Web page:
From Wikipedia, the free encyclopedia - View original article
|By country or region|
|Opposition and resistance|
Bride-purchasing or bride-buying is the illegal industry or trade of “purchasing a bride” to become property and at times as property that can be resold or repurchased for reselling. Bride-purchasing or bride-selling is practiced by bride-sellers and bride-buyers in parts of countries such as India and China, among others. The practice is described as a form of “marriage of convenience”.
Bride-buying is an old practice in many regions in India. Bride-purchasing is common in the states of India such as Haryana, Jharkhand, and Punjab. According to CNN-IBN, women are “bought, sold, trafficked, raped and married off without consent” across some parts of India. Bride-purchases are usually outsourced from Bihar, Assam, and West Bengal. The price of the bride (locally known as paros in Jharkhand), if bought from the sellers, may cost between 4,000 to 30,000 Indian rupees, the equivalent of US$88 to US$660. The brides' parents are normally paid an average of 500 to 1,000 Indian rupees (around US$11 to US$22). The need to buy a bride is because of the low ratio of females to males. Such low ratio in turn was caused by the preference by most Indian parents to have sons instead of daughters, and female foeticide. In 2006, according to BBC News, there were around 861 women for every 1,000 men in Haryana; and the national ratio in India as a whole was 927 women for every 1,000 men. The women are not only purchased as brides or wives but also to work as farm workers or househelp. Most women become “sex slaves” or forced laborers who are later resold to human traffickers to defray the cost.
According to the Punjabi writer, Kirpal Kazak, bride-selling began in Jharkhand after the arrival of the Rajputs. The Rajputs decorate the women for sale with ornaments. The practice of the sale of women as brides declined after the Green Revolution in India, the “spread of literacy”, and the improvement of the male-female ratio since 1911. The ratio, however, declined in 2001. The practice of bride-purchasing became confined to the poor sections of society such as farmers, Scheduled Castes, and tribes. In poverty-stricken families, only one son gets married due to poverty and to “avoid the division of landed property”.
Bride buying is also an old tradition in China. The practice was largely stamped out by the Chinese Communists. However, the modern practice is "not unusual in rural villages"; it is also known as mercenary marriage. According to Ding Lu of the non-governmental organization All-China Women's Federation, the practice had a resurgence due to China’s surging economy. From 1991 to 1996, Chinese police rescued upwards of 88,000 women and children who had been sold into marriage and slavery, and the Chinese government claimed that 143,000 traffickers involved were caught and prosecuted. Some human rights groups state that the figures are not correct and that the real number of abducted women is higher. Bay Fang and Mark Leong reported in U.S. News & World Report that "the government sees the commerce in wives as a shameful problem, it has only in recent years begun to provide any statistics, and it tries to put the focus on the women who have been saved rather than on the continuing trade." Causes include poverty and bride shortage in the rural areas (rural women go to the cities to work). As women leave rural areas to find work in cities, they are considered more vulnerable to being "tricked or forced into becoming chattel for men desperate for wives." The shortage of brides in turn is due to amplification of the traditional preference of Chinese couples for sons by the 1979 one-child policy in China. The Chinese Academy of Social Sciences estimated that in 1998 there were 120 men for every 100 women, with imbalances in rural areas being about 130 males for every 100 females. The increase in the cost of dowries is also a contributing factor leading men to buy women for wives. Human Rights in China states that it is more affordable for a man to buy a wife from a trafficker for 2,000 to 4,000 yuan than to pay a traditional dowry, which often runs upwards of 10,000 yuan. For the average urban worker, wife selling is an affordable option when in 1998 China urban workers make approximately $60 a month. Brides for sale are outsourced from countries such as Burma, Laos, Vietnam and North Korea. The bride-traders sell women as brides or as prostitutes depending on their physical appearance. A common trick employed by bride-brokers in acquiring brides for sale is the offer of a job such as in factories and instead kidnapping them. Bride-traders can sell a young woman for the price of US$250 to US$800. US$50 to US$100 of the original price goes to the primary kidnappers while the rest of the income goes to the traffickers who bring the bride to the main client.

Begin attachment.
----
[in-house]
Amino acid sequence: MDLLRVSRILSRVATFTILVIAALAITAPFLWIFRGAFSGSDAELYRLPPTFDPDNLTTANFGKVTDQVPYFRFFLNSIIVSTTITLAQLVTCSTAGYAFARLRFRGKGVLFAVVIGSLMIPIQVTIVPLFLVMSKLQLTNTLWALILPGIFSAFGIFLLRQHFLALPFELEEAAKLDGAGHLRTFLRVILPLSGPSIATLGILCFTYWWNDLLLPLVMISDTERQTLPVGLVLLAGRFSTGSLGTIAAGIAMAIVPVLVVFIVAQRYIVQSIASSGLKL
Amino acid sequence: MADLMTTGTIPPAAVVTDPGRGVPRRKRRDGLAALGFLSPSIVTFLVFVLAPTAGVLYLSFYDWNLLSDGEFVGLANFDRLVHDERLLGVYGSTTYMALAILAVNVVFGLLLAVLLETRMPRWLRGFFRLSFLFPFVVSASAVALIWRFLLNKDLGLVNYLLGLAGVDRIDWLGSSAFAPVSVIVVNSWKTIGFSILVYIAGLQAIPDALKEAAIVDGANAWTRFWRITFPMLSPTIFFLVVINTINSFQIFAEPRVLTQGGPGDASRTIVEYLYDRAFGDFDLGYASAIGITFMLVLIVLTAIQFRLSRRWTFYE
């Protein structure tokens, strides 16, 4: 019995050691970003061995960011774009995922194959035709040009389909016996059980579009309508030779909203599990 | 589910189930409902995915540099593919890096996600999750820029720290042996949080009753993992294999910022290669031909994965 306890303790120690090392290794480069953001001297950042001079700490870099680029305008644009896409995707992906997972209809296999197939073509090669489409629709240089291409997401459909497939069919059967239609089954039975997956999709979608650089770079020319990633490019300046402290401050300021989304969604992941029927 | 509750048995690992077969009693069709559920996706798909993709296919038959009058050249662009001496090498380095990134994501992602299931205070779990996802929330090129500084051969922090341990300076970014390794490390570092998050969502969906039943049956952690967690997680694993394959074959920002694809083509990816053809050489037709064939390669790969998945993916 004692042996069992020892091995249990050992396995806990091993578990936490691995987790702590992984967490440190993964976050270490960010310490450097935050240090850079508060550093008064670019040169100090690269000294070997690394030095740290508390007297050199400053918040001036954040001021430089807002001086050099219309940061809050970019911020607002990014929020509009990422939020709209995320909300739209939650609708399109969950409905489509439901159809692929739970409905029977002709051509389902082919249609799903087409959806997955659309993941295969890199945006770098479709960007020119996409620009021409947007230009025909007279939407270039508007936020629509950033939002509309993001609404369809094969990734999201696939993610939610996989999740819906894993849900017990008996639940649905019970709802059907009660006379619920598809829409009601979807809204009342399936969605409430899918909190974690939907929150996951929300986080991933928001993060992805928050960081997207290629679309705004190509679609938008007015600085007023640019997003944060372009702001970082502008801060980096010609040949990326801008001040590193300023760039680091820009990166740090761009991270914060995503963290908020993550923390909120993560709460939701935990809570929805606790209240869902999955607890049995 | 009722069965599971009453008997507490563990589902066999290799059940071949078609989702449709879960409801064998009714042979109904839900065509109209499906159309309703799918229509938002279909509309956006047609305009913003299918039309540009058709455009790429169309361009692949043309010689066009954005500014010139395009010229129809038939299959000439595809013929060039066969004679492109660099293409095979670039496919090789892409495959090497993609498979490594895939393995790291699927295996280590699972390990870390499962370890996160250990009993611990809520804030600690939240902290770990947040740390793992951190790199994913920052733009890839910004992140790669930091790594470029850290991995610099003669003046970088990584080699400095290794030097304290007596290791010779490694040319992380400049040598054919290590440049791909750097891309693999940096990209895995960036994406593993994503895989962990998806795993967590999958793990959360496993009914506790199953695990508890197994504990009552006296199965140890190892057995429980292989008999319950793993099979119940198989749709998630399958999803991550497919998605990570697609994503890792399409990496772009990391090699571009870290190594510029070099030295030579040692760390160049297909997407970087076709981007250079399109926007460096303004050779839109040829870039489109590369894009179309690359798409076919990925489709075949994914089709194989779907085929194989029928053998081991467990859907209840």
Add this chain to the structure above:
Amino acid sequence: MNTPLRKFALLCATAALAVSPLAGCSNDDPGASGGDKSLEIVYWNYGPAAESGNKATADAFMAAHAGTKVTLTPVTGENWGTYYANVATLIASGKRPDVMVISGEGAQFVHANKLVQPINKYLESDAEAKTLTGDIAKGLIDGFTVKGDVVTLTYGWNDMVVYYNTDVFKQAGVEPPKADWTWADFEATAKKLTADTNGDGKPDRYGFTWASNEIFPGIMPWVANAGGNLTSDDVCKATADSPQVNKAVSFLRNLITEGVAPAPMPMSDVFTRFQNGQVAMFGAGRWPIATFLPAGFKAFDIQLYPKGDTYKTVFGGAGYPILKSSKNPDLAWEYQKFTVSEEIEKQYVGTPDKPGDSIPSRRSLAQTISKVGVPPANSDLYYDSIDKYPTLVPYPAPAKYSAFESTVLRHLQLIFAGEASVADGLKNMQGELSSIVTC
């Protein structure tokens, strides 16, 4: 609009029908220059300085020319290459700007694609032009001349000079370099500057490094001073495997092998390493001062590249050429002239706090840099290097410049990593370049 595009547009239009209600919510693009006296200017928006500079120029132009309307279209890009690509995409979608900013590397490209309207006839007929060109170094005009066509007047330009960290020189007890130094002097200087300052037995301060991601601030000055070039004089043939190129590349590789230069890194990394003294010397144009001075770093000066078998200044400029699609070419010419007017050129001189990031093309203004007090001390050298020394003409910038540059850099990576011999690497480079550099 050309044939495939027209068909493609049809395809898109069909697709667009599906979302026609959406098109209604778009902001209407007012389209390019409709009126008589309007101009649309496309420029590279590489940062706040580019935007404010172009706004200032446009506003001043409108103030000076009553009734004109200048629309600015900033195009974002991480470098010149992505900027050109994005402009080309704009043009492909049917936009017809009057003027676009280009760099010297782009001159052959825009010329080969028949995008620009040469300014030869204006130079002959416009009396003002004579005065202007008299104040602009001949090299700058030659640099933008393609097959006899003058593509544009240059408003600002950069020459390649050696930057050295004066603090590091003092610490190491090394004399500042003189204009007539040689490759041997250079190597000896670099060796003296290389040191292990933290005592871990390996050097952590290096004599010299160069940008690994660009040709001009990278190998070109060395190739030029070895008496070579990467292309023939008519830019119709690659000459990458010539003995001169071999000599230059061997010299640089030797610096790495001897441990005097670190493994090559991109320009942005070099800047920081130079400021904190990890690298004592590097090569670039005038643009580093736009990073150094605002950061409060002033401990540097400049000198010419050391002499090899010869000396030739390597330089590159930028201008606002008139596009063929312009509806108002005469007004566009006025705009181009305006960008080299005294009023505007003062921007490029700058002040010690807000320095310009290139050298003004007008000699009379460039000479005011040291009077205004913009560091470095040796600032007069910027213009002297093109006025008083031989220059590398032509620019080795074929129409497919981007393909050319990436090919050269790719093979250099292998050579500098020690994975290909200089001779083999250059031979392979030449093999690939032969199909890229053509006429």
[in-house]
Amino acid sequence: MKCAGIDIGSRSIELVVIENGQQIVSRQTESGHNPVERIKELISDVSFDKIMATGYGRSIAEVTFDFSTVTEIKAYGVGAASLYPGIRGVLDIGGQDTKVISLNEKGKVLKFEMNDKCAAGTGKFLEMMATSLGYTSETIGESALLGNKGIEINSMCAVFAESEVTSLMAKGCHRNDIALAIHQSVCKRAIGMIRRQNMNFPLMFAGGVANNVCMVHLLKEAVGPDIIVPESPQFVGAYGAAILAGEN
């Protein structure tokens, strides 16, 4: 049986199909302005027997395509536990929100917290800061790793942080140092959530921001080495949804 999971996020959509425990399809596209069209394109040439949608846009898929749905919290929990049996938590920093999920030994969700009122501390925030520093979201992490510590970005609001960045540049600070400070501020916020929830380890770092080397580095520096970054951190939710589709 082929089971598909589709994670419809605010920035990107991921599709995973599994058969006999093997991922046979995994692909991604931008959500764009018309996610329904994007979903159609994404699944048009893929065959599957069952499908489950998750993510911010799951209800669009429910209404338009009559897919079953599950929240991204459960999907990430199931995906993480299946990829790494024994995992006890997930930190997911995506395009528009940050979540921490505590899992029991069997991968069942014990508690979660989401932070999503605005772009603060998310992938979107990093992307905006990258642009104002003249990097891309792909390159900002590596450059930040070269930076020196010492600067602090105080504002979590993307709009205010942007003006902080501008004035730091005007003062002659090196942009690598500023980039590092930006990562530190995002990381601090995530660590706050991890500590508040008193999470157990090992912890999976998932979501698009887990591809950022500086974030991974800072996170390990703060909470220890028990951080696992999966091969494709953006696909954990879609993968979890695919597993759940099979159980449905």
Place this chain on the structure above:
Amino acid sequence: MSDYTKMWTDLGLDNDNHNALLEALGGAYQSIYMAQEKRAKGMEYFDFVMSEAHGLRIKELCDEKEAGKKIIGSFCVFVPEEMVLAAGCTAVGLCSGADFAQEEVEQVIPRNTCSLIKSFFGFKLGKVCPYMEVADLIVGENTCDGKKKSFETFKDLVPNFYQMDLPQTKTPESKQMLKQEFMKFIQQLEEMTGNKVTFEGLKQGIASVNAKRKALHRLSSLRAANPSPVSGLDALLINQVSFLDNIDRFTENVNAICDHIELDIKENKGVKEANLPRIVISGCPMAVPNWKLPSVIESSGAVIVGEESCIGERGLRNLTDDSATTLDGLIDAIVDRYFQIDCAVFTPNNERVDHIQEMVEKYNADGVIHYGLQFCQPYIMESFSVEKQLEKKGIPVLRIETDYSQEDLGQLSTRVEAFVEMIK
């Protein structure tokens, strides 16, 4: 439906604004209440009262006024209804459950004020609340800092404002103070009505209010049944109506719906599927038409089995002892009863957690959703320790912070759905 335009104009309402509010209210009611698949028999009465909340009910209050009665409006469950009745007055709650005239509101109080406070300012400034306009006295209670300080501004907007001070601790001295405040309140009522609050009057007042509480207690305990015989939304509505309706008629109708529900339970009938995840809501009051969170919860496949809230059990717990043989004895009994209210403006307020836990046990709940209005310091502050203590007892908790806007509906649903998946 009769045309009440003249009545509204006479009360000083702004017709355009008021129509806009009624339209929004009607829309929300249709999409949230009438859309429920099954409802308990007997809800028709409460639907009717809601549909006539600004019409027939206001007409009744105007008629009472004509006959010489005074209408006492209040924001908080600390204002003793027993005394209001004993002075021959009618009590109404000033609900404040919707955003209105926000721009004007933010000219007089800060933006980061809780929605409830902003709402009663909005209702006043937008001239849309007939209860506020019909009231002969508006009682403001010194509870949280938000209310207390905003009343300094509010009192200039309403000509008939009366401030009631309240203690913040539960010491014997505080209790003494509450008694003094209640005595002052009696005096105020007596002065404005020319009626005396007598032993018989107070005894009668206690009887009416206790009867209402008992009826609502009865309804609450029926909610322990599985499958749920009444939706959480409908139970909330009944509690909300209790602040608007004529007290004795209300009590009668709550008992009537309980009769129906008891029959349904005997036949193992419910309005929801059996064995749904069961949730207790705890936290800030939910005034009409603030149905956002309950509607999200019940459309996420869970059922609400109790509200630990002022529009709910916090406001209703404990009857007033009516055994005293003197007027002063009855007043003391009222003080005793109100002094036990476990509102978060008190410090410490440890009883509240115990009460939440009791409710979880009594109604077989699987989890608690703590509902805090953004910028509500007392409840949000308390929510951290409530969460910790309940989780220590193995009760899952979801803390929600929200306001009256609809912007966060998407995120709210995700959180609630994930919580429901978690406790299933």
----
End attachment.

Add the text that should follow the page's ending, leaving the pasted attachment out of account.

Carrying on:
Chinese women who are bought as wives who bear children are more prone to staying within the marriage. Fang Yuzhu of the China Women's Federation credits it with a "strong sense of duty" that Chinese women have, and the idea that it is shameful to leave their husband. Yuzhu also credits that some women might consider their forced marriage a better option to the life of poverty and hard labor they would be subject to upon returning home or the idea that some women may not feel they can find another husband, since they "have already been with one".
Literature that tackles selling of women as brides include titles such as Niami by Arab writer Mir Dad, Mul di Tiveen (meaning “A Purchased Woman” in the Punjabi language), Kudesan (meaning “a woman from other land” in Punjabi), Eh Hamara Jeewna by Punjabi novelist Dalip Kaur Tiwana, and the play Ik Hor Ramayan by playwright Ajmer Aulakh.
|Part of a series on|